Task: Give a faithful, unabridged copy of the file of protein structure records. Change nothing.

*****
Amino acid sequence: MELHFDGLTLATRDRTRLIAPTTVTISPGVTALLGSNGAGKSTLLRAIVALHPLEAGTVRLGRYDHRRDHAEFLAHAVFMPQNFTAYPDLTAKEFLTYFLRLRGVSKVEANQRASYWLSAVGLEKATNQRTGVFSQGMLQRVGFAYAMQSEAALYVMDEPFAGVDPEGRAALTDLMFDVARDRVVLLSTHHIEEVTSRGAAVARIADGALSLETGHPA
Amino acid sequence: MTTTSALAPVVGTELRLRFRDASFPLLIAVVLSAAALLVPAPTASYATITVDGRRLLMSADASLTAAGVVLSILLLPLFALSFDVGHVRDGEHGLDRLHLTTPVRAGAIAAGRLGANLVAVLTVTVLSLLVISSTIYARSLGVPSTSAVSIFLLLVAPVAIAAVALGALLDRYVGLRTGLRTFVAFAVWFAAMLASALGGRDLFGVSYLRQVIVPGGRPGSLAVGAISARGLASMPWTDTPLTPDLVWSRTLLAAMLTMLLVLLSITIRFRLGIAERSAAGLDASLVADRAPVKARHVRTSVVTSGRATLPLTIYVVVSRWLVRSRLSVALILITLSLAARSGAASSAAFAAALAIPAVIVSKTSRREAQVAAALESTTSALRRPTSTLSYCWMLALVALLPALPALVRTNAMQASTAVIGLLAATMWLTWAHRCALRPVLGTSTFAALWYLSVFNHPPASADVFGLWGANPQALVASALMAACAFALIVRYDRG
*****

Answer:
Amino acid sequence: MELHFDGLTLATRDRTRLIAPTTVTISPGVTALLGSNGAGKSTLLRAIVALHPLEAGTVRLGRYDHRRDHAEFLAHAVFMPQNFTAYPDLTAKEFLTYFLRLRGVSKVEANQRASYWLSAVGLEKATNQRTGVFSQGMLQRVGFAYAMQSEAALYVMDEPFAGVDPEGRAALTDLMFDVARDRVVLLSTHHIEEVTSRGAAVARIADGALSLETGHPA
Amino acid sequence: MTTTSALAPVVGTELRLRFRDASFPLLIAVVLSAAALLVPAPTASYATITVDGRRLLMSADASLTAAGVVLSILLLPLFALSFDVGHVRDGEHGLDRLHLTTPVRAGAIAAGRLGANLVAVLTVTVLSLLVISSTIYARSLGVPSTSAVSIFLLLVAPVAIAAVALGALLDRYVGLRTGLRTFVAFAVWFAAMLASALGGRDLFGVSYLRQVIVPGGRPGSLAVGAISARGLASMPWTDTPLTPDLVWSRTLLAAMLTMLLVLLSITIRFRLGIAERSAAGLDASLVADRAPVKARHVRTSVVTSGRATLPLTIYVVVSRWLVRSRLSVALILITLSLAARSGAASSAAFAAALAIPAVIVSKTSRREAQVAAALESTTSALRRPTSTLSYCWMLALVALLPALPALVRTNAMQASTAVIGLLAATMWLTWAHRCALRPVLGTSTFAALWYLSVFNHPPASADVFGLWGANPQALVASALMAACAFALIVRYDRG